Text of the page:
You know that thing a doctor does when he places two fingers on your kid’s tummy and taps with another? As an EMT (emergency medical technician), I learned the typical sounds a body makes when tapped like that. So, when I heard the sickening thud during Dalton’s exam I knew something was bad wrong. It was so distinct his doctor whipped around and looked at me. We did not need words between us to know something was very, VERY wrong.

A whirlwind of tests later, we learned Dalton’s kidney had been dangerously expanding from an inability to empty his bladder. At five, his bladder was three times the size of an adult’s. The specialist explained that even a slight fall could have been catastrophic and we had no inkling. Fortunately, surgery corrected the problem but he is still very susceptible to any disease involving the urinary system.

My best friend, Janeen, had no inclination she also had a “sleeping” kidney condition. Though she had a few urinary tract infections, she was in good health. While undergoing fertility testing, it was discovered she had one kidney. She had no idea the stress her other kidney was enduring by doing the work of two.

My son DJ was in the hospital thankfully when the effects of not urinating hit him. His urine backed so far up into his kidney that an ultra sound technician alerted an urologist that there was an emergency. The doctor ran past me without ever slowing down while spouting our “stat” orders and scaring me to death with words like kidney failure. In his case, we did know there was a problem but our concerns were dismissed. We were told that when he had to go bad enough DJ would go. Their mistake could have cost us DJ’s life.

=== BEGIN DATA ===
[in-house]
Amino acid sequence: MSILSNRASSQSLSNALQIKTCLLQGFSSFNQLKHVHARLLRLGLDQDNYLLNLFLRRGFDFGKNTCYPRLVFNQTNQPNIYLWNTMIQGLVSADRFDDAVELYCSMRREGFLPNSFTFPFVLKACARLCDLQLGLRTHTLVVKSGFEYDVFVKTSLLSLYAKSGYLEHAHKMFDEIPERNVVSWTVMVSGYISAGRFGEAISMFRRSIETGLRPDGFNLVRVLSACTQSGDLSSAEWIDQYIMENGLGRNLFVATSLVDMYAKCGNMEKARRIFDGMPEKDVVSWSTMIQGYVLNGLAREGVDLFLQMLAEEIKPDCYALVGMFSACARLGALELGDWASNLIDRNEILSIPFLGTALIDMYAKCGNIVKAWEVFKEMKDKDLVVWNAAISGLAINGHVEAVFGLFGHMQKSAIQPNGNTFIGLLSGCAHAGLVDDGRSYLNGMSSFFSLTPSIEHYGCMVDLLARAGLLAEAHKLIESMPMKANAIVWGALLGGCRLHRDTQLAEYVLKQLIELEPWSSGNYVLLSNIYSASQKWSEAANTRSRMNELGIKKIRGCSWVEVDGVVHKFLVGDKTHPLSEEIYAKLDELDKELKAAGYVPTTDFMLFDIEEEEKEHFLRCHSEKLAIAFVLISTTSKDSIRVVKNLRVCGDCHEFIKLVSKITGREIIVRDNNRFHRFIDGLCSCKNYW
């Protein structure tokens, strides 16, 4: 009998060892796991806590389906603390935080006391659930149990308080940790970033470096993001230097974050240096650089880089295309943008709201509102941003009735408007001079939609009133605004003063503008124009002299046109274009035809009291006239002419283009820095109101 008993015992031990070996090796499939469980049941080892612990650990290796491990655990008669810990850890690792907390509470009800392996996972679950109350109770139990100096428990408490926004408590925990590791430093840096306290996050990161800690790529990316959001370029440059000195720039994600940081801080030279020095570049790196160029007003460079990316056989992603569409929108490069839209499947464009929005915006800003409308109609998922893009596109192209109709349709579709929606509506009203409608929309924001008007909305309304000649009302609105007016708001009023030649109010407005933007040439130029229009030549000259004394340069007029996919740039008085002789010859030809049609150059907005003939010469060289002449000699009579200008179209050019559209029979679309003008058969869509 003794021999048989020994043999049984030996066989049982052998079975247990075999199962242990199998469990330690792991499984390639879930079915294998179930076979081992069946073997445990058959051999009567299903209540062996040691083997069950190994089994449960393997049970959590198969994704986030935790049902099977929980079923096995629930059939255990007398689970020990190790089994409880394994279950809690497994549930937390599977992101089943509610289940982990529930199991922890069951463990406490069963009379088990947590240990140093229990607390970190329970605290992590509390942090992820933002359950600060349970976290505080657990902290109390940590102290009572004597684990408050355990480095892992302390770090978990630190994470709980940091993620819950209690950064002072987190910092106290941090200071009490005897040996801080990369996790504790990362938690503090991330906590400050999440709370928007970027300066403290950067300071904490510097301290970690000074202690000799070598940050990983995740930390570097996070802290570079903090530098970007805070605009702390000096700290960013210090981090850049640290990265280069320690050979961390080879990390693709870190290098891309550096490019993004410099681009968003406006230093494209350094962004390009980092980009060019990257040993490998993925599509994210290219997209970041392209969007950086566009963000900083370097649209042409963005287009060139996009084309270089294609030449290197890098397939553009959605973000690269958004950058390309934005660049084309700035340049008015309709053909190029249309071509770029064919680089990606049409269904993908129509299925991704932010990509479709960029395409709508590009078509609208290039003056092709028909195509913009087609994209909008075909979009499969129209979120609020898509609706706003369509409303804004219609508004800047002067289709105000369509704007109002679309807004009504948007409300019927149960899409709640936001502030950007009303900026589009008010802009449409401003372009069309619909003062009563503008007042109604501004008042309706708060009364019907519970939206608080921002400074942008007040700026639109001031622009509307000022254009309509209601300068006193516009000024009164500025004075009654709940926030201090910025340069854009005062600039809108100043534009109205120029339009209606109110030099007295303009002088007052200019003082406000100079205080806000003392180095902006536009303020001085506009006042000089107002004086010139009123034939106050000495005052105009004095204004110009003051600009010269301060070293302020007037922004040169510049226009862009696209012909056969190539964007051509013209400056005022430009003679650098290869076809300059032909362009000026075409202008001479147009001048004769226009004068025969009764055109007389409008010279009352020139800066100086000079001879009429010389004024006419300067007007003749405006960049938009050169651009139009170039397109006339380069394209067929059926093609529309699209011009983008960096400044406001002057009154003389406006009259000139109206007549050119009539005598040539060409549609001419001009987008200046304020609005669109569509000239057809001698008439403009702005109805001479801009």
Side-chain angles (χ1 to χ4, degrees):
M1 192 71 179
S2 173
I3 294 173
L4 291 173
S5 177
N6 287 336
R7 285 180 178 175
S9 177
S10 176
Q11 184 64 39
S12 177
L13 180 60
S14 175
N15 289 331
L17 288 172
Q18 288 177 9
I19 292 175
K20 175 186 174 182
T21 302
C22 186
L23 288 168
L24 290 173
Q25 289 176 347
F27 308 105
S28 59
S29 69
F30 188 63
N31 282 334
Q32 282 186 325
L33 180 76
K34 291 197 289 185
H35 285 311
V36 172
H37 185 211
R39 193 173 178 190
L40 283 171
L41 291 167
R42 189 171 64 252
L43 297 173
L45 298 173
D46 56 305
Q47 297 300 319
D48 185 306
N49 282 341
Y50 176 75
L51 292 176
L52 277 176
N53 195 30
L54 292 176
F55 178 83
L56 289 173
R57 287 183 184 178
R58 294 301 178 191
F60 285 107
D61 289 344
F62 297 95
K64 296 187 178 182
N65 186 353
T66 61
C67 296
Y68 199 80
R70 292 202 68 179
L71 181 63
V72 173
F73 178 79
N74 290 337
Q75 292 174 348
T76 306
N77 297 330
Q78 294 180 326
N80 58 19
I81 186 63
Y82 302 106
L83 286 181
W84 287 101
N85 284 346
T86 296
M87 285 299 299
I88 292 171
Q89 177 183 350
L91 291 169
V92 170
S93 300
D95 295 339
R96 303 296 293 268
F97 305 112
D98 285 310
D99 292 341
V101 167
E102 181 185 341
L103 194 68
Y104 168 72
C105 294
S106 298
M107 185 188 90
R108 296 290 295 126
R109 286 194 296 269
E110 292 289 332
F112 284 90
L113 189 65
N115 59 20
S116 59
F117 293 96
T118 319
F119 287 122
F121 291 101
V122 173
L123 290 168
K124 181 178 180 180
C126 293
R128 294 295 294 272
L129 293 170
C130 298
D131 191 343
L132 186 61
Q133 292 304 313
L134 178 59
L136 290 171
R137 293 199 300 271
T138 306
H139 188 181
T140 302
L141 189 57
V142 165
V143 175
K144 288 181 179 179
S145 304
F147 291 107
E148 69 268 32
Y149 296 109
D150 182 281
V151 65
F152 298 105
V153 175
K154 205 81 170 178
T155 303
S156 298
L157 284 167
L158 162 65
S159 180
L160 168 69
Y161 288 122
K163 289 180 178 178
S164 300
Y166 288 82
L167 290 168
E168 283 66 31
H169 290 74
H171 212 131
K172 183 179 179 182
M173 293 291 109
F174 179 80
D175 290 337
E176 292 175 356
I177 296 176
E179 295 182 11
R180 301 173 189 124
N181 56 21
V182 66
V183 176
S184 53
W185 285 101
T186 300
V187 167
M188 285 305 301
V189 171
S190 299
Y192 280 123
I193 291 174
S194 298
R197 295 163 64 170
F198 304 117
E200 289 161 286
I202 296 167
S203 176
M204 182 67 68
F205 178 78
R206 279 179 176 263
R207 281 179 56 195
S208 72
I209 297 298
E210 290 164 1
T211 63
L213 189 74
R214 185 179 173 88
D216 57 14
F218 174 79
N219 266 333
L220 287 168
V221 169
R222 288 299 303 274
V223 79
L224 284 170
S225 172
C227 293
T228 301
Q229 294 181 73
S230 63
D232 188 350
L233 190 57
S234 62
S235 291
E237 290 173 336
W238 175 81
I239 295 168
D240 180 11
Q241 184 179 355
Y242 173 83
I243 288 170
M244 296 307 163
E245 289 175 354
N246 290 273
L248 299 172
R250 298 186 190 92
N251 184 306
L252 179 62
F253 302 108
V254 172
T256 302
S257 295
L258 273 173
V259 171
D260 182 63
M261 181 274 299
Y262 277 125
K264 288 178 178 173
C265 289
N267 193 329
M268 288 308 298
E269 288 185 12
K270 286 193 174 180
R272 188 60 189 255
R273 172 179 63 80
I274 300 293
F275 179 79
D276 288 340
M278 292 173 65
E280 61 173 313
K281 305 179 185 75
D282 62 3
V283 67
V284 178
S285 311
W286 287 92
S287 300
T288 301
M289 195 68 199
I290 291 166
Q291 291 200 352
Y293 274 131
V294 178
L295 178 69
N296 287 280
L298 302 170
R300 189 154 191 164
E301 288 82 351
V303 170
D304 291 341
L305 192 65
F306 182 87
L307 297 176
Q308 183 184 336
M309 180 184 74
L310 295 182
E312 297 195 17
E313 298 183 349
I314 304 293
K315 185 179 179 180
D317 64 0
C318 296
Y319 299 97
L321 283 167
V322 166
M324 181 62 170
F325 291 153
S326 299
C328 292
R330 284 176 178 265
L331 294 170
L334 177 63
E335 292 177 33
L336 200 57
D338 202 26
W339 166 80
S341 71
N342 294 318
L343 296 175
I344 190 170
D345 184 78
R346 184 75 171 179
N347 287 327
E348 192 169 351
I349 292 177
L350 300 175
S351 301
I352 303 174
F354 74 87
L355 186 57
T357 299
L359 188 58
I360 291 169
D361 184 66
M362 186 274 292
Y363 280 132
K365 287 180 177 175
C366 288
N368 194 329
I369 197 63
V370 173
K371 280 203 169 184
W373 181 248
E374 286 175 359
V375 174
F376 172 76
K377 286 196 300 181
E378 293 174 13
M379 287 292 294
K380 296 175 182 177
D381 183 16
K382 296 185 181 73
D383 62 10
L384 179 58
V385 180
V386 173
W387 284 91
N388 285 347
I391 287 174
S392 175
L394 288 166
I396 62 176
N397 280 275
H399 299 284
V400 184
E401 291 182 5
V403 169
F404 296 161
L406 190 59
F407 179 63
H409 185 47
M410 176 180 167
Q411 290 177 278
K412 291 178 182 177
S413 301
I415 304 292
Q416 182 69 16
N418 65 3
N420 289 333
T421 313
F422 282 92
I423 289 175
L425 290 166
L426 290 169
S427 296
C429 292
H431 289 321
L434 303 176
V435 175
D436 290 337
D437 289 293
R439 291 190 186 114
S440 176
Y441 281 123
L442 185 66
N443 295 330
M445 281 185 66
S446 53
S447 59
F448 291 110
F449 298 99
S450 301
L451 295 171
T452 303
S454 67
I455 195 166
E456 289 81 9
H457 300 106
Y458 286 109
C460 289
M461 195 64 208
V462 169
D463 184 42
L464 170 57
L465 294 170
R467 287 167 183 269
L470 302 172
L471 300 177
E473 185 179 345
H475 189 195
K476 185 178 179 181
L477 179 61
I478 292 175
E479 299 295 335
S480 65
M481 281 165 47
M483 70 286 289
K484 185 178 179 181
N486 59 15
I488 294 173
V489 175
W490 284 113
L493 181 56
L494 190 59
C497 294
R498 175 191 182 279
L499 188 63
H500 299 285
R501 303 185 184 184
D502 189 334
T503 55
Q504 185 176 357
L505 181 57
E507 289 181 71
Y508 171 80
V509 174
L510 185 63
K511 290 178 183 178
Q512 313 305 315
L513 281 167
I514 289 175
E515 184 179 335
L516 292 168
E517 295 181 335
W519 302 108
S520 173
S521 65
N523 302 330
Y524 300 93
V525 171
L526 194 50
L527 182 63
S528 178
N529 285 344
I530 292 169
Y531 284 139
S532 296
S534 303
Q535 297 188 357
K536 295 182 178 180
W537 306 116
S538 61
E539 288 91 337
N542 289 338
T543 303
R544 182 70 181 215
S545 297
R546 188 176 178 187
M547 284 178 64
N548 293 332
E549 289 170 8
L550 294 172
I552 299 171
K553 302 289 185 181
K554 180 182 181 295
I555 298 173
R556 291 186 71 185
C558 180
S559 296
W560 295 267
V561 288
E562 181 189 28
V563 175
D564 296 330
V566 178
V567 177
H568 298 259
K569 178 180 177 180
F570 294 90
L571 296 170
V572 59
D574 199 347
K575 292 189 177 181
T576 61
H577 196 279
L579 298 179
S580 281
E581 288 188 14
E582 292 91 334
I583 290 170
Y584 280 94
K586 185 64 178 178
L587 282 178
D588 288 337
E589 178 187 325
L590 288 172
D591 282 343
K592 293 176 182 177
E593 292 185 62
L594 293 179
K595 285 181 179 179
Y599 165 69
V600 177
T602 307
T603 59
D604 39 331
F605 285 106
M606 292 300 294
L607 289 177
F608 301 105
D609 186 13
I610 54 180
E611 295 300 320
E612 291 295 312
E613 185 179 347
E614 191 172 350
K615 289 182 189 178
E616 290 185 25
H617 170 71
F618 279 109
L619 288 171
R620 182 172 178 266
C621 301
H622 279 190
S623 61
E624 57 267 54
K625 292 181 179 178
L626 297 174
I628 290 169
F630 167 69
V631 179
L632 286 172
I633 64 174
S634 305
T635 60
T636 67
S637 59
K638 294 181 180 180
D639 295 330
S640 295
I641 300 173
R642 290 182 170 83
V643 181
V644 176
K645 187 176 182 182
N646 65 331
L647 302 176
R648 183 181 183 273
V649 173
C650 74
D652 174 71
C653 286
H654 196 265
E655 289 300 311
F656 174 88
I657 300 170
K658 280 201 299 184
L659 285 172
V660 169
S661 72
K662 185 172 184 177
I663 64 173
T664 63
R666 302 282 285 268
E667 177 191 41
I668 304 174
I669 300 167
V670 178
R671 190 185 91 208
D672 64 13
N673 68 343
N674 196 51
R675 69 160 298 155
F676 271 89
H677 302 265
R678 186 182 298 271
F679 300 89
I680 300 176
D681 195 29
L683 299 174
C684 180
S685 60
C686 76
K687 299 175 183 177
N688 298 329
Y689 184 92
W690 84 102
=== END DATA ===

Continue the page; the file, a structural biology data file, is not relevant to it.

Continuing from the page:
Wow, that was a turn from fun to scary wasn’t it? I do not say these things to incite fear but rather spread education. Sometimes what we think is minor can be huge. Most kids are not going to suffer these types of problems and some will use a bathroom break as a means to avoid class and do who knows what. The point is that educators teach not doctor. Furthermore, medical privacy laws make it possible for a student to go to the restroom without providing specific reason and in defiance of all school policies. All school officials can do is require a doctor’s note. However, I am thinking that won’t be a problem once the doctor hears about all the threats to the kid’s health from sharing the vest.

As always I recommend, you attend school board meetings or contact your board representative to voice your concerns. I can’t imagine that with all the HIPPA regulations, threats of lawsuits, questions of civil rights and parental pressure, the “Peeing under construction” rule will stand. But then again, I would have never imagined I’d be blogging about peeing in orange vests. However, I do have an idea. As long as students have to wear the orange vests, I think those who agree with or enforce the rule should have to wear this.

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Since a leader is always responsible for decisions made on his watch and the fact that they should always be easily identified I think Principal David Bolen should wear this. 

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Stand Up Clark County for the prevention of disease, humiliation, and utter stupidity.

The remarks in this blog are the expression of opinion.